The Consultation Paper states that the platform model is agnostic to many technology decisions. For example, the core ledger might be centralised or might use DLT. The Working Paper notes that use of centrally governed, distributed database technologies might be a more efficient and appropriate approach than use of DLT solutions but the Bank will continue to assess a range of different approaches and will closely monitor ongoing developments in ledger technology.

    Concluding thoughts

    Despite the publication of the Consultation Paper and the Working Paper, it will be a long time before a digital pound is introduced. The Consultation Paper explicitly states that the earliest a digital pound would be introduced is in the second half of this decade. It is also clear there is still a vast amount of work to be undertaken to inform any decisions about the introduction of a digital pound and the appropriate form, function and infrastructure that should be adopted for its use. For example, throughout the Consultation Paper and the Working Paper there are frequent references to further work, research, input, discussion, consultation, consideration, analysis, evaluation, examination, exploration, investigation, assessment, experimentation and testing that will need to be undertaken in relation to a wide range of areas (including substantial areas such as law, regulation and operational requirements) prior to any decision being taken on whether or not to introduce a digital pound.

    The cost of introducing a digital pound and the scale of disruption that could be caused to payments systems and the financial markets is also not clear and it is possible that there may not be the appetite to pursue a digital pound once these and related factors are known, especially if such costs and disruption do not outweigh the benefits of a digital pound which are also yet to be established. For example, in contrast to some other countries (including countries that explore CBDCs for financial inclusion purposes), the UK financial services sector and payments infrastructure is well-established, accessible, stable and functions smoothly so there may ultimately need to be a compelling reason for the introduction of a digital pound in order to justify the significant, costly and lengthy disruption to payments systems and the financial markets that would likely be caused.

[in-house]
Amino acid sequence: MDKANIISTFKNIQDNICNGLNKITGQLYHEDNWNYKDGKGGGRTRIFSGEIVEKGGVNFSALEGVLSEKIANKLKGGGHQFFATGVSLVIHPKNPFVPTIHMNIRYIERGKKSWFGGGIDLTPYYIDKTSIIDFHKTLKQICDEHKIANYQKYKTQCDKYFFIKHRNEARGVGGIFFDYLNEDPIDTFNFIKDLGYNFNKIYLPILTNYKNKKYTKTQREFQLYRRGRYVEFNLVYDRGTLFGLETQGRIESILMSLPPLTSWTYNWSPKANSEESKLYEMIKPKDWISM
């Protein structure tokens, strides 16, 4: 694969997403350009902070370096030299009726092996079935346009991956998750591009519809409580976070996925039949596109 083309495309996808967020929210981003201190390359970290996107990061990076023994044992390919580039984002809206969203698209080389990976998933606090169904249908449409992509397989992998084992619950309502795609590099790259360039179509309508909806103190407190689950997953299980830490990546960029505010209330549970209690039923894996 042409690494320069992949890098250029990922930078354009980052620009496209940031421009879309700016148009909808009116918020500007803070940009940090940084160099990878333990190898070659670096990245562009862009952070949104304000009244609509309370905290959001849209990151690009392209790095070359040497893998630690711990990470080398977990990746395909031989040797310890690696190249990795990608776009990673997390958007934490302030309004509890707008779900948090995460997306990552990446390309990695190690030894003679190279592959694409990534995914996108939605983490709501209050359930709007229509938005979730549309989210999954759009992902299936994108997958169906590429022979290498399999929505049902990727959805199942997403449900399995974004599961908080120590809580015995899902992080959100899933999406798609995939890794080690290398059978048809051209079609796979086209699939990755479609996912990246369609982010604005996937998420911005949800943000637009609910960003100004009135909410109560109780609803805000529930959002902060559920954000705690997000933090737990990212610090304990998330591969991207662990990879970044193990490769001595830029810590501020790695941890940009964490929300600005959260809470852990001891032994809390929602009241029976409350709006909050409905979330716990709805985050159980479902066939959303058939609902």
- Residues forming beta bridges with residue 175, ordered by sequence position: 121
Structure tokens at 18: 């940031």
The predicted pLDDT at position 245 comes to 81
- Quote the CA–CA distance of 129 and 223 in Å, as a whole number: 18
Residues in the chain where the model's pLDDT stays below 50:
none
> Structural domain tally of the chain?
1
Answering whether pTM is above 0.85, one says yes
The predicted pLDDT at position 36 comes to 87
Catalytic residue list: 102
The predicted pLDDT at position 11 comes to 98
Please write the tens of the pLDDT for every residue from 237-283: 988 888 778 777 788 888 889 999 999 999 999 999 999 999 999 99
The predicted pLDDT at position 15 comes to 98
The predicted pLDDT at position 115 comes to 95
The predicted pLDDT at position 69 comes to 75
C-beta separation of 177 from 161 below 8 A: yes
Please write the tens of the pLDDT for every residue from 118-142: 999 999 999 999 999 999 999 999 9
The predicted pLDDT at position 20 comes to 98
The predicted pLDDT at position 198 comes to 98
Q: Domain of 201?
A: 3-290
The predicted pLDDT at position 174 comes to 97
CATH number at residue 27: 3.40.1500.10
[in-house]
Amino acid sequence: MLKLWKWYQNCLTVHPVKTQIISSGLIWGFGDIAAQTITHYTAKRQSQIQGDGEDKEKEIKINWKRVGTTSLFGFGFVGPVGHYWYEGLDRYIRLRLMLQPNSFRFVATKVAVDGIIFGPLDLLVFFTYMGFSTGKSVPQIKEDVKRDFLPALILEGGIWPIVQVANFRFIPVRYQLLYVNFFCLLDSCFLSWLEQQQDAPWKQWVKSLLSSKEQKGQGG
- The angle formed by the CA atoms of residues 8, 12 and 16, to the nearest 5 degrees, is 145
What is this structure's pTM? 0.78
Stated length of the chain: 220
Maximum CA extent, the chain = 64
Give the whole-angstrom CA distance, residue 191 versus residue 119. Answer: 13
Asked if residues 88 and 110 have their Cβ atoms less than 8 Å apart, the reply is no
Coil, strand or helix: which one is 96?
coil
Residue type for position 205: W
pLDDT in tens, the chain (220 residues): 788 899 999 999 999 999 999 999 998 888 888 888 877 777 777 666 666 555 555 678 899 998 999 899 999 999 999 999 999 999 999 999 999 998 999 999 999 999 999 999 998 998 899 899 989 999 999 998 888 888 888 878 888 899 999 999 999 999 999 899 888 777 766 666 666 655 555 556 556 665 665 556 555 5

Although there are examples of CBDCs which are already being used in some countries, there are no examples of a CBDC that has been used at scale. It is therefore difficult to predict whether a digital pound would be warranted and the potential practical benefits it could provide. Even if there were examples of CBDCs being used at scale, the read-across from such examples to the digital pound would likely be limited. This is because the design of CBDCs can vary considerably and will be informed by policy decisions and the markets in which they are intended to be used within. The UK has a leading payments and financial markets infrastructure, which is already undergoing significant investment and modernisation. It is entirely feasible that this work will be more than sufficient to enable the UK to keep pace with developments and innovations in this area, with the digital pound ready to emerge if and when needed. In this context, it makes sense that the Bank and HMT are effectively hedging their bets by adopting a "wait and see" approach in respect of how the payments industry and the broader digital assets and digital money industry evolves in coming years whilst simultaneously undertaking extensive further work into the introduction of a digital pound so that operational readiness is present if and when it makes sense to implement a digital pound system.